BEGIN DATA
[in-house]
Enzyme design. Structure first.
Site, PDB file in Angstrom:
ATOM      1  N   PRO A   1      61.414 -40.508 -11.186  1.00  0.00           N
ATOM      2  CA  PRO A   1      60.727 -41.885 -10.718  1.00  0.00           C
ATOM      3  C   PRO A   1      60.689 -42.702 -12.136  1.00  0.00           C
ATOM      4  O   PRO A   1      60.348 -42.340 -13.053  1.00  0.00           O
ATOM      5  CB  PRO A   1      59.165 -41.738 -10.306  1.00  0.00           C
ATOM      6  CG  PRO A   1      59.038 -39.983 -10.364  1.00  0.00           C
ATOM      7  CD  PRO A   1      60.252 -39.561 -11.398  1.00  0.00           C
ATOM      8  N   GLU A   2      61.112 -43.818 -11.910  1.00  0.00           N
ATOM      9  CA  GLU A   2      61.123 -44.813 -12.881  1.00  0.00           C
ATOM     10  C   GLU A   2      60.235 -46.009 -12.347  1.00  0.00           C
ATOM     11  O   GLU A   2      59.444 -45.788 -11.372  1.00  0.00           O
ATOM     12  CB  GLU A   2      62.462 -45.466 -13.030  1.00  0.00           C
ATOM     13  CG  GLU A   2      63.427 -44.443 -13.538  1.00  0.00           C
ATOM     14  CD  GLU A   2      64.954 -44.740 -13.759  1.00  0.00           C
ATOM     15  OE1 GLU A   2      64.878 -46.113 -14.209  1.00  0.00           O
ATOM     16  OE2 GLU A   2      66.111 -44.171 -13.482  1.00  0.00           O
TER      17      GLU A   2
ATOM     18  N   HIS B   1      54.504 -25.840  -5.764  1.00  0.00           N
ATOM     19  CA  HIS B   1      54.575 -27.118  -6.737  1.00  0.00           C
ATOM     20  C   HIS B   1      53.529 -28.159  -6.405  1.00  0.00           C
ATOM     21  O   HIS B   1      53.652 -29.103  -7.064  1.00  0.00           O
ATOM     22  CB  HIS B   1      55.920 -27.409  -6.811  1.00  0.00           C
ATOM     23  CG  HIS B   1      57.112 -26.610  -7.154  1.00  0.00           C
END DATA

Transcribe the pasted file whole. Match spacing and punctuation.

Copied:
[in-house]
Enzyme design. Structure first.
Site, PDB file in Angstrom:
ATOM      1  N   PRO A   1      61.414 -40.508 -11.186  1.00  0.00           N
ATOM      2  CA  PRO A   1      60.727 -41.885 -10.718  1.00  0.00           C
ATOM      3  C   PRO A   1      60.689 -42.702 -12.136  1.00  0.00           C
ATOM      4  O   PRO A   1      60.348 -42.340 -13.053  1.00  0.00           O
ATOM      5  CB  PRO A   1      59.165 -41.738 -10.306  1.00  0.00           C
ATOM      6  CG  PRO A   1      59.038 -39.983 -10.364  1.00  0.00           C
ATOM      7  CD  PRO A   1      60.252 -39.561 -11.398  1.00  0.00           C
ATOM      8  N   GLU A   2      61.112 -43.818 -11.910  1.00  0.00           N
ATOM      9  CA  GLU A   2      61.123 -44.813 -12.881  1.00  0.00           C
ATOM     10  C   GLU A   2      60.235 -46.009 -12.347  1.00  0.00           C
ATOM     11  O   GLU A   2      59.444 -45.788 -11.372  1.00  0.00           O
ATOM     12  CB  GLU A   2      62.462 -45.466 -13.030  1.00  0.00           C
ATOM     13  CG  GLU A   2      63.427 -44.443 -13.538  1.00  0.00           C
ATOM     14  CD  GLU A   2      64.954 -44.740 -13.759  1.00  0.00           C
ATOM     15  OE1 GLU A   2      64.878 -46.113 -14.209  1.00  0.00           O
ATOM     16  OE2 GLU A   2      66.111 -44.171 -13.482  1.00  0.00           O
TER      17      GLU A   2
ATOM     18  N   HIS B   1      54.504 -25.840  -5.764  1.00  0.00           N
ATOM     19  CA  HIS B   1      54.575 -27.118  -6.737  1.00  0.00           C
ATOM     20  C   HIS B   1      53.529 -28.159  -6.405  1.00  0.00           C
ATOM     21  O   HIS B   1      53.652 -29.103  -7.064  1.00  0.00           O
ATOM     22  CB  HIS B   1      55.920 -27.409  -6.811  1.00  0.00           C
ATOM     23  CG  HIS B   1      57.112 -26.610  -7.154  1.00  0.00           C